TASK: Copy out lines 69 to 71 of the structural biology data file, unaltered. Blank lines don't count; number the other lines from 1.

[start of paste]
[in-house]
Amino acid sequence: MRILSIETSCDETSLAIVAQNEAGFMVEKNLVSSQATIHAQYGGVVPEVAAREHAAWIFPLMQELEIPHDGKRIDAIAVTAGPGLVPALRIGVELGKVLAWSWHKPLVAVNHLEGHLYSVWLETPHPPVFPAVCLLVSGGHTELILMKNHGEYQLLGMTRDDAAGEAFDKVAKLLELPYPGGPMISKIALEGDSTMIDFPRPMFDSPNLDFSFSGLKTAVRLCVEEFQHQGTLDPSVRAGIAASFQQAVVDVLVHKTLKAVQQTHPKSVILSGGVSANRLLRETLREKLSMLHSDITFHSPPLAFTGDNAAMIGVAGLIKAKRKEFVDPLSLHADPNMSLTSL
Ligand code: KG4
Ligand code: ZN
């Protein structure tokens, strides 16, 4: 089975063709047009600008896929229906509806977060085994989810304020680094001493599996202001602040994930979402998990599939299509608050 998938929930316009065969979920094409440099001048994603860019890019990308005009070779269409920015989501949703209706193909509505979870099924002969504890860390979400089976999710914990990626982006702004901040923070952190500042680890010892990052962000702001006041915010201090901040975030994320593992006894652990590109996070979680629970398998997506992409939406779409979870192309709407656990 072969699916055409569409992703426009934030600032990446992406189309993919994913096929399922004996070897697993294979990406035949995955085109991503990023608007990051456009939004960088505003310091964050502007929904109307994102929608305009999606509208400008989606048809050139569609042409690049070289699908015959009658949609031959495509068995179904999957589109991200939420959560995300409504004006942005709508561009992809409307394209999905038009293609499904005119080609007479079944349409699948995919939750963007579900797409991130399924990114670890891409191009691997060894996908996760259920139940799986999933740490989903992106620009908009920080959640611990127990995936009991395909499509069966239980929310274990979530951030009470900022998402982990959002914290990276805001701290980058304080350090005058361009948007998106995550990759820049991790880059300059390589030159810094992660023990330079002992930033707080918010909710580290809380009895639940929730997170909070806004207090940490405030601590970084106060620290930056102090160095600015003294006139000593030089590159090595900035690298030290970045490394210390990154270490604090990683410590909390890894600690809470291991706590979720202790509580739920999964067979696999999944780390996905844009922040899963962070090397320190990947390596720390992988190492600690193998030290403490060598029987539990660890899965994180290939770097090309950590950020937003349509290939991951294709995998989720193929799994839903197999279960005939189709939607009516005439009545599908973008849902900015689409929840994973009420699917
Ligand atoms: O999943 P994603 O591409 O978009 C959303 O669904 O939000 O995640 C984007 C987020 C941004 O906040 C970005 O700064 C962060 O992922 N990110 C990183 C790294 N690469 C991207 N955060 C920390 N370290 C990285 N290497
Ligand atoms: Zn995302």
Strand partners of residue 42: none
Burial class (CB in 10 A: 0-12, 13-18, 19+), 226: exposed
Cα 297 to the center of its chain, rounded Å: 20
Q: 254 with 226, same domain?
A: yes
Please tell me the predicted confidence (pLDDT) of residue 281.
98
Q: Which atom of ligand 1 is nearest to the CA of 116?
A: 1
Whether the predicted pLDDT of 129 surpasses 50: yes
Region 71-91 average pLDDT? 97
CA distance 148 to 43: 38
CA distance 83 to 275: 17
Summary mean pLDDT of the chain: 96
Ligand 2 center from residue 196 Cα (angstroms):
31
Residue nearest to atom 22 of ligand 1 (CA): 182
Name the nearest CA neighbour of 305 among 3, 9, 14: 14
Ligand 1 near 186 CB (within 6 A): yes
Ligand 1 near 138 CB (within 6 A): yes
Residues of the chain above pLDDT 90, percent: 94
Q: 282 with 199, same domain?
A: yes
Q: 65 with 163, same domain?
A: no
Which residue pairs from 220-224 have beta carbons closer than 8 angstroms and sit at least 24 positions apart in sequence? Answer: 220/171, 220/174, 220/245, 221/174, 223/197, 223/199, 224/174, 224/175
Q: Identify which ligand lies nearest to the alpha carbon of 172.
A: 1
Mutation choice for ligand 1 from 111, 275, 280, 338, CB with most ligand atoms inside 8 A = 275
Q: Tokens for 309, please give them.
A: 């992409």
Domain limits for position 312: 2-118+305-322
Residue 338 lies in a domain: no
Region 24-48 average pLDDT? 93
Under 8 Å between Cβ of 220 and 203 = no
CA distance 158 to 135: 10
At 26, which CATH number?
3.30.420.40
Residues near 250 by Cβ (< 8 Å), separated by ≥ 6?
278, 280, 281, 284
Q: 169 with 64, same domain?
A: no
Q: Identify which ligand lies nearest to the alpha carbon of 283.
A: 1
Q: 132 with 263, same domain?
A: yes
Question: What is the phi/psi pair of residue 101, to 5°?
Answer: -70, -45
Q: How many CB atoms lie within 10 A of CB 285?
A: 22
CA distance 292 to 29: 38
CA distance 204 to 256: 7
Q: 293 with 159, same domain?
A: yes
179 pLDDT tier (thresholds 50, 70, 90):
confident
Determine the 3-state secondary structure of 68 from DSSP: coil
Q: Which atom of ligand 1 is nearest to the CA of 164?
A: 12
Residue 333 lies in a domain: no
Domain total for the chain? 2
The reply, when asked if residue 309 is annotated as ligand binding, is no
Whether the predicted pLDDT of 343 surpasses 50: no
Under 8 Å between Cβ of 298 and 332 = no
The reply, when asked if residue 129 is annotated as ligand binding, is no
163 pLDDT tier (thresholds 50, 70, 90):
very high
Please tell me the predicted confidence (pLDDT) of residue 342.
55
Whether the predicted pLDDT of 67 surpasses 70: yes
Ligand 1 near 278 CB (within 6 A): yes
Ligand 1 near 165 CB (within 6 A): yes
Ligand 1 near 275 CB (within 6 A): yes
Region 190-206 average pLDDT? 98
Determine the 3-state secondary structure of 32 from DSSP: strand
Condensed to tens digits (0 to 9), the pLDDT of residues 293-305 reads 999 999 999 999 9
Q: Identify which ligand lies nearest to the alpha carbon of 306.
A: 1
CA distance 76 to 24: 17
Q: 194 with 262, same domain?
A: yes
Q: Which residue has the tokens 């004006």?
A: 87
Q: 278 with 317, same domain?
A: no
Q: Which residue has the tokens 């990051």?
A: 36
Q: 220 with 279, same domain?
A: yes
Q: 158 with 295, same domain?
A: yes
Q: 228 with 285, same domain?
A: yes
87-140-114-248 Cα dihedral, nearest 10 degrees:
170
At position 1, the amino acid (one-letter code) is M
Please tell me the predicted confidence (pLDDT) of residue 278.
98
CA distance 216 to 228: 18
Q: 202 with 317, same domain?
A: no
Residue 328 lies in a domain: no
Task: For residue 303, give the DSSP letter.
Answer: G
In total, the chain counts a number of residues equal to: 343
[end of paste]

The reply, when asked if residue 309 is annotated as ligand binding, is no
Whether the predicted pLDDT of 343 surpasses 50: no
Under 8 Å between Cβ of 298 and 332 = no